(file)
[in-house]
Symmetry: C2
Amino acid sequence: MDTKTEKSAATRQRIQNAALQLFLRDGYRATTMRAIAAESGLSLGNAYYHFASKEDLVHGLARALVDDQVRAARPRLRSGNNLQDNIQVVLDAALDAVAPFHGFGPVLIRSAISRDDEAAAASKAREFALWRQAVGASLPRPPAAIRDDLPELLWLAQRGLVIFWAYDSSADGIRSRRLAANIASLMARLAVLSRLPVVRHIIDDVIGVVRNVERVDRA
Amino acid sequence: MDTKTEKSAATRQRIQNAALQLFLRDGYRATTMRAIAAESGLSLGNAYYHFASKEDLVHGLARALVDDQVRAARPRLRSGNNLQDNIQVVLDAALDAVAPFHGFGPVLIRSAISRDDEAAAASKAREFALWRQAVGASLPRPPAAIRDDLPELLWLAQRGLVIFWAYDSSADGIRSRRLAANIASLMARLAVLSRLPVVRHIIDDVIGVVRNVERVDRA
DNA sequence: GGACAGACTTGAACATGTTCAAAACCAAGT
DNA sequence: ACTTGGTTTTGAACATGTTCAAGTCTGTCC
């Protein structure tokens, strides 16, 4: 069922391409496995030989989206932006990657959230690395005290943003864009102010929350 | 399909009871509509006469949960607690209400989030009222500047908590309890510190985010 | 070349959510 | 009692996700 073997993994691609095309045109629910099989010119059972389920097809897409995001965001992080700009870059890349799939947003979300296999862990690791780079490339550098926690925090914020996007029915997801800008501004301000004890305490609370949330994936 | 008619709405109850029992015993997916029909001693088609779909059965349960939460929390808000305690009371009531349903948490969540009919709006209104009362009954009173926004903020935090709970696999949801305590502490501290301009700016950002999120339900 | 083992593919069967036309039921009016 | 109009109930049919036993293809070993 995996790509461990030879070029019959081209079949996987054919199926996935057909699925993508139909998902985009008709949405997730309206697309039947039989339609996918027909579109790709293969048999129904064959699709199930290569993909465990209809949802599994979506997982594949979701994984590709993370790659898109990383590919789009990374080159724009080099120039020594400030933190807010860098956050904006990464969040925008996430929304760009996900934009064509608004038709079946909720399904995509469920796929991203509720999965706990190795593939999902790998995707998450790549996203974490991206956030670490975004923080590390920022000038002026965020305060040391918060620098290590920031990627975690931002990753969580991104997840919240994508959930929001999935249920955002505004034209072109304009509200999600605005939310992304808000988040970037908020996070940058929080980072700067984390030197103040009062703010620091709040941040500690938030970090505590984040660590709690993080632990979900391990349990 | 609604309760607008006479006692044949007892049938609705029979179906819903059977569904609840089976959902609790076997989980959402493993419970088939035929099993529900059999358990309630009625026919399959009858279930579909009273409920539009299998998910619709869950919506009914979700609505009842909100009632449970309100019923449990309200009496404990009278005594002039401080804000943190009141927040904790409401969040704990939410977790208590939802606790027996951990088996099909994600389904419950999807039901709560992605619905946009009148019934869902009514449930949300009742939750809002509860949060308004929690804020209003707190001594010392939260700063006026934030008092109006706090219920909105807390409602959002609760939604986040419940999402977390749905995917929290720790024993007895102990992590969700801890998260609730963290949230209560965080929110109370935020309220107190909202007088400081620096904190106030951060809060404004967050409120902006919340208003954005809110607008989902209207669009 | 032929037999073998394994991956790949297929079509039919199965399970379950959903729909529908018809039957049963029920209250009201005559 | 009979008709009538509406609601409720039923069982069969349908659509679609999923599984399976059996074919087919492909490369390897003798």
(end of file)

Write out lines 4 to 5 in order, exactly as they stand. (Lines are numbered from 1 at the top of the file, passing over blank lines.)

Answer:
Amino acid sequence: MDTKTEKSAATRQRIQNAALQLFLRDGYRATTMRAIAAESGLSLGNAYYHFASKEDLVHGLARALVDDQVRAARPRLRSGNNLQDNIQVVLDAALDAVAPFHGFGPVLIRSAISRDDEAAAASKAREFALWRQAVGASLPRPPAAIRDDLPELLWLAQRGLVIFWAYDSSADGIRSRRLAANIASLMARLAVLSRLPVVRHIIDDVIGVVRNVERVDRA
DNA sequence: GGACAGACTTGAACATGTTCAAAACCAAGT